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PNS Daily Newscast - February 26, 2021 

A new study finds big gains in living-wage jobs under Biden Infrastructure Plan; U.S. House passes major protections for LGBTQ Americans.

2021Talks - February 26, 2021 

A $15 minimum wage is out for now; Capitol Police on past and current threats; House passes major milestone for equality; and voting rights targeted across the nation.

Anti-Poverty Advocates Welcome COVID Relief, Say More Is Needed

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Workers rallied at the state Capitol for additional COVID relief in May. (ULA)
Workers rallied at the state Capitol for additional COVID relief in May. (ULA)
December 17, 2020

HARTFORD, Conn. -- Workers' rights groups are hopeful Congress will pass a $900 billion COVID relief bill but said it's just a first step.

The bill reportedly includes a direct stimulus payment to needy families and billions to facilitate distribution of the vaccine and help struggling businesses and the unemployed stay afloat.

Megan Fountain, coordinator of advocacy and partnerships for Unidad Latina en Accion said help can't come soon enough.

"The food lines are long, the jobs are scarce and COVID is reaching the peak of a second wave," Fountain cautioned. "So things are very dire. "

The compromise bill is a far cry from the $2 trillion HEROES Act proposed by Democrats, which would have sent billions to shore up state budgets and avoid cuts to social services.

That bill passed the House in May but was a non-starter in the Republican-controlled Senate.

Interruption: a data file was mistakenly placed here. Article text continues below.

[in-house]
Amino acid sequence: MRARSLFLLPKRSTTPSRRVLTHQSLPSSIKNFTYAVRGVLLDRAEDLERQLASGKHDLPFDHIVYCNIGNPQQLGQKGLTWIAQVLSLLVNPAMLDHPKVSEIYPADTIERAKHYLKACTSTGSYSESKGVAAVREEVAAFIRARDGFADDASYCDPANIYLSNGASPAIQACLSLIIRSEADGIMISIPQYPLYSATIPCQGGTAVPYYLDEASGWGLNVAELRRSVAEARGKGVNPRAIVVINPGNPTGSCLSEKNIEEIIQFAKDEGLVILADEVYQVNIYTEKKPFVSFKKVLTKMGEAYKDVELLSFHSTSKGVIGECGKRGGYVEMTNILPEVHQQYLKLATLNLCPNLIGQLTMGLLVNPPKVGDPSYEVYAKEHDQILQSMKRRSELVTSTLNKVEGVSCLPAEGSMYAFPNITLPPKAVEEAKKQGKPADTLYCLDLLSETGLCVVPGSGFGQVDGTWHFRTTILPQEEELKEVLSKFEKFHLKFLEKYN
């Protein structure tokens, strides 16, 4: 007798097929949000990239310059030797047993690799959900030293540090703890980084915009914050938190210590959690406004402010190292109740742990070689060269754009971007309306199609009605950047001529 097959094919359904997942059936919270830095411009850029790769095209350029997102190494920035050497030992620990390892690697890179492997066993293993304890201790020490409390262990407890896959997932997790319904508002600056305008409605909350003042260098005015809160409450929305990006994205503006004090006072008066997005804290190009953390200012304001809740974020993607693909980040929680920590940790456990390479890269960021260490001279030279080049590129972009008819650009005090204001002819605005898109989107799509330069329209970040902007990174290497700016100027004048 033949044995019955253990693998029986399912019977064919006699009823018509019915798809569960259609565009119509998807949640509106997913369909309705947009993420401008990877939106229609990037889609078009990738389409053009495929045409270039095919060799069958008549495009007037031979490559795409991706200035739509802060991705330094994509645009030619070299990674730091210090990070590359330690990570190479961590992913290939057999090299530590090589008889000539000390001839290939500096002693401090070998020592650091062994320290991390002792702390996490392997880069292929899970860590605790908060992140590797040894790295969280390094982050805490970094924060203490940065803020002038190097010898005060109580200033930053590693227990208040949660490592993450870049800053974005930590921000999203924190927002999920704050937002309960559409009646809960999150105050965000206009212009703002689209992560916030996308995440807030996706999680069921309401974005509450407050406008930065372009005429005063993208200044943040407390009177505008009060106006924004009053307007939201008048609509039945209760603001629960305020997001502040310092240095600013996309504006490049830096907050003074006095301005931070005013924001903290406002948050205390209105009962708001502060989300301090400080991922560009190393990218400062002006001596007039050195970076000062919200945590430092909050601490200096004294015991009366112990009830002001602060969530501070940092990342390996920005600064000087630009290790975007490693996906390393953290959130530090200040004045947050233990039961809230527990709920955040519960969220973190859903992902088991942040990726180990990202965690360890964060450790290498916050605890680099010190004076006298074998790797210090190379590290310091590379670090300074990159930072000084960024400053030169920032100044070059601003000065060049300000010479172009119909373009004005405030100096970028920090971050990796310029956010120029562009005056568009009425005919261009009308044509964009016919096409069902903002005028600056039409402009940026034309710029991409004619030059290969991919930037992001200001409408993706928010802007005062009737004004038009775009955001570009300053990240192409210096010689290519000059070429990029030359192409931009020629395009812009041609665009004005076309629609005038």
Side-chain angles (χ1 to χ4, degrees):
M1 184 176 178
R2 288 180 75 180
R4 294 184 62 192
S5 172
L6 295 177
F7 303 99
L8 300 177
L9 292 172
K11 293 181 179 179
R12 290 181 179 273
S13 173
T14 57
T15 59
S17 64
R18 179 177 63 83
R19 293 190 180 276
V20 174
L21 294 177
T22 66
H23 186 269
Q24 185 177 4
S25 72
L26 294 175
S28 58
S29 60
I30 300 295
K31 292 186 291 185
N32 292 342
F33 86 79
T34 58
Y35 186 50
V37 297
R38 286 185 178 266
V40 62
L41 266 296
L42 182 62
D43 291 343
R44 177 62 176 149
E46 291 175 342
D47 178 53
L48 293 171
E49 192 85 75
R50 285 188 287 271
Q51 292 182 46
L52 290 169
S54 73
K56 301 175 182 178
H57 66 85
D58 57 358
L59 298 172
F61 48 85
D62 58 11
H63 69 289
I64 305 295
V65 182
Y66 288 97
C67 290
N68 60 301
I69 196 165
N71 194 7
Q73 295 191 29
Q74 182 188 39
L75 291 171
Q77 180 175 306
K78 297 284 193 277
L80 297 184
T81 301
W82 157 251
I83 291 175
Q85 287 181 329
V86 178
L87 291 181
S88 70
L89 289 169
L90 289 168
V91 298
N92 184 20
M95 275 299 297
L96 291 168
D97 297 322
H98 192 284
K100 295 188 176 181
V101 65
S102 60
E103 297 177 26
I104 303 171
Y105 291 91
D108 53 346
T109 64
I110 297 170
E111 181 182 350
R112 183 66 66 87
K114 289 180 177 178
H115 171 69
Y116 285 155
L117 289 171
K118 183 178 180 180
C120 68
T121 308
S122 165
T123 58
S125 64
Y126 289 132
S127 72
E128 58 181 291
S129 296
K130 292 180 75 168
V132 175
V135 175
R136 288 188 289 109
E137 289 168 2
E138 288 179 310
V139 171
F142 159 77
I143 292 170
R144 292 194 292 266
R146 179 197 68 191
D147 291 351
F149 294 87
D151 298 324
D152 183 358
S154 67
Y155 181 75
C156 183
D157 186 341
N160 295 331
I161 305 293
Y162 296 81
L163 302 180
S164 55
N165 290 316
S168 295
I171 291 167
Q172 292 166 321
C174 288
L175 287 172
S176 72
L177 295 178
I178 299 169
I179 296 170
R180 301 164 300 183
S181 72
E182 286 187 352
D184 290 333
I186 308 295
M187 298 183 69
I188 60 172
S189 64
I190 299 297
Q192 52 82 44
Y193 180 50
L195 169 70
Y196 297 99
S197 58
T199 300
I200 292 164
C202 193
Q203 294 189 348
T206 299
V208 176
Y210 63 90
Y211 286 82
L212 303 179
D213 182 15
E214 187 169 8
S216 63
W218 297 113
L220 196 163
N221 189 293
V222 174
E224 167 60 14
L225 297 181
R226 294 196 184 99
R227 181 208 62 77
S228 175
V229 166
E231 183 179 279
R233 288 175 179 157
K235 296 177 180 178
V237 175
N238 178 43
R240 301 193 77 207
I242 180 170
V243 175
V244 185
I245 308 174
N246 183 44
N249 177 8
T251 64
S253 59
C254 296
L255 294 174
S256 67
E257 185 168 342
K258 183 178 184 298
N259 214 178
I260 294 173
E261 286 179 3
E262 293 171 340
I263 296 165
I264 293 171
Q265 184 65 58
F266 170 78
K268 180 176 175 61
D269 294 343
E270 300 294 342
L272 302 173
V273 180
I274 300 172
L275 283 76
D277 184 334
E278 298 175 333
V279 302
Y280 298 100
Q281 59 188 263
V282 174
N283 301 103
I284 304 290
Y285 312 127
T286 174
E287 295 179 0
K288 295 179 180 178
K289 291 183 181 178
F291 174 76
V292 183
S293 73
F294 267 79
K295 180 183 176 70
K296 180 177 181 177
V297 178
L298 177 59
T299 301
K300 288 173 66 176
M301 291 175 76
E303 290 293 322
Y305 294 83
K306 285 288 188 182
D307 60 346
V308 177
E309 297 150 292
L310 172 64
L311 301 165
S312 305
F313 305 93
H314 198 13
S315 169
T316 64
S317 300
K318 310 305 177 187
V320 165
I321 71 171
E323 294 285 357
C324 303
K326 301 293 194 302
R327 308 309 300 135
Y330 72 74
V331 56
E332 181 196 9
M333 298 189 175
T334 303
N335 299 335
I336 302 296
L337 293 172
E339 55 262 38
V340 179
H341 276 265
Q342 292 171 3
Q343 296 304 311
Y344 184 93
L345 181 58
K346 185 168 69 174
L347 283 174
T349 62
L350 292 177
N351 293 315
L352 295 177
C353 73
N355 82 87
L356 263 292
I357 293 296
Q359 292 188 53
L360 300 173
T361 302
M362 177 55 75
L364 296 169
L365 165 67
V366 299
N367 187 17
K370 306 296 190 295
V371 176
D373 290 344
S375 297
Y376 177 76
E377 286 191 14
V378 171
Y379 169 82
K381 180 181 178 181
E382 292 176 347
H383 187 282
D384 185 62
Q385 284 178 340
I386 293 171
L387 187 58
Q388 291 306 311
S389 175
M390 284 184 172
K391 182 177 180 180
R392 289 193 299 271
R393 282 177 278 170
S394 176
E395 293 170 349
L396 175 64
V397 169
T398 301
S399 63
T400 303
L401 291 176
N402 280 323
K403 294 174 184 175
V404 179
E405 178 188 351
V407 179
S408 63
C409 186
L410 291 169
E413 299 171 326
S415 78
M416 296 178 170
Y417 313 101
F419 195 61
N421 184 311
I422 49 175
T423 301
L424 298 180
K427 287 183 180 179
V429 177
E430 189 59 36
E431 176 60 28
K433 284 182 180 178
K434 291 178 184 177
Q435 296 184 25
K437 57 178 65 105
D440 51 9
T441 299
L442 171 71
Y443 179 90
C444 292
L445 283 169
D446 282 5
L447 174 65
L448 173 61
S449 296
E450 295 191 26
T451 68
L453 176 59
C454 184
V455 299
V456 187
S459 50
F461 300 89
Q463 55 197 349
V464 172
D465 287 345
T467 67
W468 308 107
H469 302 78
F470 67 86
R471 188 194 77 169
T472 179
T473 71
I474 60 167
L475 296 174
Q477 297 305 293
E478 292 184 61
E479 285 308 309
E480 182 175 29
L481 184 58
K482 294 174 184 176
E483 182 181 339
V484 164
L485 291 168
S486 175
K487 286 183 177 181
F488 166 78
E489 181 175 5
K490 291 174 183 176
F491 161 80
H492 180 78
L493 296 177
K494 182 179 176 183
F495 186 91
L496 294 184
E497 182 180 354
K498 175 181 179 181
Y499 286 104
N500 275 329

Fountain stated she's disappointed the current bill would not send direct aid to the states.

"We need a robust health-care system right now," Fountain contended. "Our schools need resources right now. And we're in the worst economic recession since the Great Depression, so states need aid from the federal government. "

Republicans ended up dropping their demand for COVID liability protections for businesses. Fountain said essential workers, like those who clean our hospitals or stock grocery shelves, need more protections, not fewer, during the pandemic.

"It's not about employers being sued," Fountain argued. "It's about workers having the right to a safe and healthy workplace. And it's about workers getting health care if they get sick on the job. "

Advocates are now trying to prevent a wave of evictions that could come once the moratorium on evictions expires Dec. 31.

About 200 protestors are expected to rally at the Governor's mansion in Hartford this Saturday at 2:00 p.m. to call for an extension of the moratorium and more funds for the state rental-assistance fund.

Suzanne Potter, Public News Service - CT